Fixing Knitting Mistakes

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When you are learning how to knit, you are going to make a few mistakes. It might not make you especially happy but believe me when I say that learning about fixing knitting mistakes is absolutely par for the course.

I am pretty sure that you would have seen somewhere on this site that knitting is easy or simple and it is but with a very big but.  There are really only two knitting stitches (knit and purl) that you have to master and a few different ways of combining them to create an infinite number of designs.  And although they are not especially difficult, it does take time and practice to get them right.

If you are just beginning, you are going to make mistakes.  Hell, I have been knitting for over 50 years and I still make the occasional mistake - we all do and so will you.  But before you throw out your knitting needles in disgust check out the information on fixing knitting mistakes on this page.  Slow down, learn how to fix the most common mistakes and persevere.  You are not going to become an expert in overnight or even over the course of a few days.  So give it a go, make mistakes and learn from them.

That's how we all learn.

The first way to fix an error is unpicking or unravelling your work to some point before the mistake so that you can start fresh with your knitting.  There are two ways to go that, ripping or frogging.


Ripping is for when the mistake is too far down in your knitted piece or too tricky for you to be able to fix without pulling all your stitches out to below the error.  

Basically ripping involves removing the needles from your work and unravelling as many rows as you need to to so that you can undo the error and start restart you knitting at a point before you made the error.  Once you have unravelled enough rows to get just below where the error was in the fabric, you pick up all of the stitches (put them all back onto your needle) and start knitting again.


Frogging also involves unpicking your work to before the error, but with this method you unpick your knitting one stitch at a time.  I use this method when the error or mistake is on the same row that I am working on or on the row below. 

To 'frog' a stitch you inset the working needle into the stitch below the stitch on your left hand needle and then slip the upper stitch off the needle.  If you give the yarn a slight tug the stitch will unravel leaving the stitch from the previous row on your working needle.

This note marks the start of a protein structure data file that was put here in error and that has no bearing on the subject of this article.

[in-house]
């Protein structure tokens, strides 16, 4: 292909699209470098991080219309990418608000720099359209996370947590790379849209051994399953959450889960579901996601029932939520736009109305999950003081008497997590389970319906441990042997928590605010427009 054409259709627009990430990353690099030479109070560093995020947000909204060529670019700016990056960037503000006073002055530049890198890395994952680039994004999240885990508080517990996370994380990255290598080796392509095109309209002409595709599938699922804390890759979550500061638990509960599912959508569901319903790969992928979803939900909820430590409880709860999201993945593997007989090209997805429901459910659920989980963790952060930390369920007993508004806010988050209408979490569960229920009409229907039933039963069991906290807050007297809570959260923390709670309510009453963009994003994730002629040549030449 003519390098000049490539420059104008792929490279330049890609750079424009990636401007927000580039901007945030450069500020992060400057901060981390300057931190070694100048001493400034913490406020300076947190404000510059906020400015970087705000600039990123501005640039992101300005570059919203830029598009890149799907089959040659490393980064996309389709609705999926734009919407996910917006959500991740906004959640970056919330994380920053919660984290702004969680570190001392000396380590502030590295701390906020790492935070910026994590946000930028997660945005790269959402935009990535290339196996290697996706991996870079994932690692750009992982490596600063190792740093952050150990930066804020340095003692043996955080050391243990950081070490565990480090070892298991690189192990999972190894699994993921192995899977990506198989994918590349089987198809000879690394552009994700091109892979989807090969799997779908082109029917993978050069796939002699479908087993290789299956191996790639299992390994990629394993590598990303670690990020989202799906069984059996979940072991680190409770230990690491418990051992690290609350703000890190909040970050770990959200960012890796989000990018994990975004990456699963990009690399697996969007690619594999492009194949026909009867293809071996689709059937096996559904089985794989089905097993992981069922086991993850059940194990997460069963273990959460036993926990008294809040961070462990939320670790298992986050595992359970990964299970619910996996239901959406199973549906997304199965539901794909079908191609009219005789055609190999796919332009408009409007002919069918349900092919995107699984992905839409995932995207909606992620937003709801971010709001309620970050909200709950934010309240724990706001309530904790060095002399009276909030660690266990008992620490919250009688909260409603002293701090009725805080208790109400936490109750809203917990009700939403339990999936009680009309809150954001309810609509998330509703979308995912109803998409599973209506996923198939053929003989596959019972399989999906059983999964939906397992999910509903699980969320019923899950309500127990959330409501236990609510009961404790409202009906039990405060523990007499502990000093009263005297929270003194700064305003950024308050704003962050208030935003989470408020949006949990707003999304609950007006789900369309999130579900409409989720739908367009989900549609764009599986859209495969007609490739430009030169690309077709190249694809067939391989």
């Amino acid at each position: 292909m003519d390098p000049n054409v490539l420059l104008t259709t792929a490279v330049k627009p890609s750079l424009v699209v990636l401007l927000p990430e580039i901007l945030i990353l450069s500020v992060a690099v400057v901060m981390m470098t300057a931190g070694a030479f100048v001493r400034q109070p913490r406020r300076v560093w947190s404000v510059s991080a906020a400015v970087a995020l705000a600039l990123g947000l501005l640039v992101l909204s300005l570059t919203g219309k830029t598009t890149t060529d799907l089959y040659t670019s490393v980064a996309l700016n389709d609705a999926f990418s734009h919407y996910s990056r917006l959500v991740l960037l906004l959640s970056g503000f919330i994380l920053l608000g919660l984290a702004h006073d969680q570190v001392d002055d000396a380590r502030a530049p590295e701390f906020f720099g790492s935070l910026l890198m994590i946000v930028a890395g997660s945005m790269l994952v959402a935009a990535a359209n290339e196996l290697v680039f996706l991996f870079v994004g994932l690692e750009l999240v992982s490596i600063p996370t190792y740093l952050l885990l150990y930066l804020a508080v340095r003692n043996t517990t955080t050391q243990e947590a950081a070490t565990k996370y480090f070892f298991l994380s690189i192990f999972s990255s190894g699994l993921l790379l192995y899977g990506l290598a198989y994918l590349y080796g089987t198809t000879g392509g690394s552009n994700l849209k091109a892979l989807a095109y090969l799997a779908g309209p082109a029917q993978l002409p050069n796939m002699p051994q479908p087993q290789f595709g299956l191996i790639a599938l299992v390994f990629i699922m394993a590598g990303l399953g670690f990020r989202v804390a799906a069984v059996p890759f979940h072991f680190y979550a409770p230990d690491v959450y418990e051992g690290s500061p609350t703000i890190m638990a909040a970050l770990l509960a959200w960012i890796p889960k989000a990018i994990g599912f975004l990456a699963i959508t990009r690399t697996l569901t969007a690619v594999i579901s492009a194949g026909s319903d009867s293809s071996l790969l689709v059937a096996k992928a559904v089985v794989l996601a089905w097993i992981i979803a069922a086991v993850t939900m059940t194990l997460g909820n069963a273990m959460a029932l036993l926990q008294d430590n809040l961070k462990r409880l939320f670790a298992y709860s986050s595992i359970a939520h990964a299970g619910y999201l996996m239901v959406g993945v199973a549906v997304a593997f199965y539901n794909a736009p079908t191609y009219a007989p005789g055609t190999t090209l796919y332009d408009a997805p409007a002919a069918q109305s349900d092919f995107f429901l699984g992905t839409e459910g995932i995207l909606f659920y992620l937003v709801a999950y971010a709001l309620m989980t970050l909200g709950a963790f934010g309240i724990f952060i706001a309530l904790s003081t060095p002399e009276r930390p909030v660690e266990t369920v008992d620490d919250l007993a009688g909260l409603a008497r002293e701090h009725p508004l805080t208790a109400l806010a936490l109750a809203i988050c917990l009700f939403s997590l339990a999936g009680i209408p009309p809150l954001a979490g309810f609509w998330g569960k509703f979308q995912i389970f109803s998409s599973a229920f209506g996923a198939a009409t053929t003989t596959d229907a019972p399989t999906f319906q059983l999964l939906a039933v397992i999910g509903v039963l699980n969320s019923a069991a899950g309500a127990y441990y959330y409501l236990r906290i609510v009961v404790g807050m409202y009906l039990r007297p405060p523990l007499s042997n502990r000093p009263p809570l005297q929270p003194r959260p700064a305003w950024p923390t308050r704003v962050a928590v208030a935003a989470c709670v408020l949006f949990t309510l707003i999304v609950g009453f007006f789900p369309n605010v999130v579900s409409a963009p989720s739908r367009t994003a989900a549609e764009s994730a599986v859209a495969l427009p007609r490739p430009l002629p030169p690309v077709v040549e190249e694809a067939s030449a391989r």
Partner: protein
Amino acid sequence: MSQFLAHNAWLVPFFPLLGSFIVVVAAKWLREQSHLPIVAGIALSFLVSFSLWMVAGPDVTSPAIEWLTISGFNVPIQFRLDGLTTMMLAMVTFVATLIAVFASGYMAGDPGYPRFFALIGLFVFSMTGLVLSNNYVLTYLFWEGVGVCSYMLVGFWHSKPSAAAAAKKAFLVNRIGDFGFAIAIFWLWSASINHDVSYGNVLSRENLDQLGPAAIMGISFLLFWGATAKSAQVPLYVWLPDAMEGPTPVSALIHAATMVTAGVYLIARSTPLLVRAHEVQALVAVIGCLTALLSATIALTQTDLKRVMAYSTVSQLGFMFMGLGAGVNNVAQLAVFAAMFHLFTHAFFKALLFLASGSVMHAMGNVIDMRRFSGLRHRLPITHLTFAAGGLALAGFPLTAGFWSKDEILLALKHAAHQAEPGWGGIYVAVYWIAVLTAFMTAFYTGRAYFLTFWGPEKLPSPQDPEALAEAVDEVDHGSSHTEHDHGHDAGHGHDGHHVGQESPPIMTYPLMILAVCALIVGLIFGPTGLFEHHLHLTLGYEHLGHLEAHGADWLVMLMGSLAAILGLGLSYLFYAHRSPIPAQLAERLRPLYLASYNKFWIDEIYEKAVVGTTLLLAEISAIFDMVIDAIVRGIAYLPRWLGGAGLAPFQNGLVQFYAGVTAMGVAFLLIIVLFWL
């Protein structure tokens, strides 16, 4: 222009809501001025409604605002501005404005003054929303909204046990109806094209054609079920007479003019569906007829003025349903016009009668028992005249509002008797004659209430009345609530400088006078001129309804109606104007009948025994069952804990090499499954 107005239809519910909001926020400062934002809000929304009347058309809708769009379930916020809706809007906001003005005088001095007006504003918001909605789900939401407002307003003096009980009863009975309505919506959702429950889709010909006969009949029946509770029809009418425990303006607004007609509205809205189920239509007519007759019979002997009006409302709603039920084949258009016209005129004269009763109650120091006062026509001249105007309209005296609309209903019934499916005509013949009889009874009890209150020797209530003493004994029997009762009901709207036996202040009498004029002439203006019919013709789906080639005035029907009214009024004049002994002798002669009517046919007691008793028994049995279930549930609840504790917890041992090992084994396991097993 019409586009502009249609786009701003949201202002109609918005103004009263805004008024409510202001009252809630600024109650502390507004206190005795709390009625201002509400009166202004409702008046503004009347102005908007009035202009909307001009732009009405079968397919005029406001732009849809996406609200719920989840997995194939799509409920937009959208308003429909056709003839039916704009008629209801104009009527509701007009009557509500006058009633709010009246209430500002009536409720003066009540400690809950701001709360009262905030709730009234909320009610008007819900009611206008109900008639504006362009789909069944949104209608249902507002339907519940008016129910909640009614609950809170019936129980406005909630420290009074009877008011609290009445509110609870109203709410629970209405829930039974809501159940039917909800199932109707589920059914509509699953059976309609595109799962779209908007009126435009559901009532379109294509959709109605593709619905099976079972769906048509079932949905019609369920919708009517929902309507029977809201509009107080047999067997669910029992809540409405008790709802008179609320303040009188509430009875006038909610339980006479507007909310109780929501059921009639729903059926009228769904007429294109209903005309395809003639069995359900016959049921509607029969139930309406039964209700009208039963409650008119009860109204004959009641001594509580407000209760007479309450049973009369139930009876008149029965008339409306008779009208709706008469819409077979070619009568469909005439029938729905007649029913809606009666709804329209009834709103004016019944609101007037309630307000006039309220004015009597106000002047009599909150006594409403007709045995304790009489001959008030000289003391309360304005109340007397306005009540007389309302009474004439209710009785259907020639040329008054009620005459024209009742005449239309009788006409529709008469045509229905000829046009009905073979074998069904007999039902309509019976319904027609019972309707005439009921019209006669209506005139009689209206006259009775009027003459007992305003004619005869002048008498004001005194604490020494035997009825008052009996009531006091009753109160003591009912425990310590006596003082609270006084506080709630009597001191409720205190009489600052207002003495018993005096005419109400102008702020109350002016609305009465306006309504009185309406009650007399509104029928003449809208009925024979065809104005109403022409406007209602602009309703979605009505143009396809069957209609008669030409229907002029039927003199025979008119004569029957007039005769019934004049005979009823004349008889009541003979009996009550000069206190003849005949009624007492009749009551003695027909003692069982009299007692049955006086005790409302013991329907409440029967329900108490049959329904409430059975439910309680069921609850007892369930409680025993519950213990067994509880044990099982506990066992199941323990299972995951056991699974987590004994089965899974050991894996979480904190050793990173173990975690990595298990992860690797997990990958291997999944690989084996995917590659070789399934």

Common Mistakes and how to fix them...

Fixing knitting mistakes does not always require you to unpick or rip out your knitting.  In some cases you can frog back to the mistake and fix it.  

Incomplete stitches

Occasionally you might come across a stitch that you have not fully completed, usually because although you wrapped the yarn around the knitting needle, you didn't actually pull the loop through the stitch being worked.  When this happens you end up with the stitch from the previous row on the needle as well as what is pretty much a yarn over.

If you don't notice the error it is possible to knit both which in effect forms an eyelet or a hole in the knitted fabric and also creates a new stitch.  The way to fix this is to get back to the row in which the error was made and to knit the stitch.  To do that you insert the working needle into the front loop of the unworked stitch and pick it up and lift it over the yarn over to form a completed stitch.

Dropped Stitches

Every now and then you are probably going to have to fix a dropped stitch.  The easiest way to do that is with a crochet hook.  All you need to do is to pick up the stitch that was dropped with the hook.  Then you use the hook to pick up the ladder rung above the stitch and pull it through the stitch on the hook.  The ladder rungs are the horizontal threads going from the stitches on either side of the dropped stitch.

You repeat this action until you have 'knitted' up all of the ladder rungs.  Then you just slip the stitch off the hook and back onto your needle.

A Visual Demonstration of Fixing Knitting Mistakes

Some of you are going to be visual learners so I have put together a video of some of the more common mistakes that I have seen and how you can fix them.

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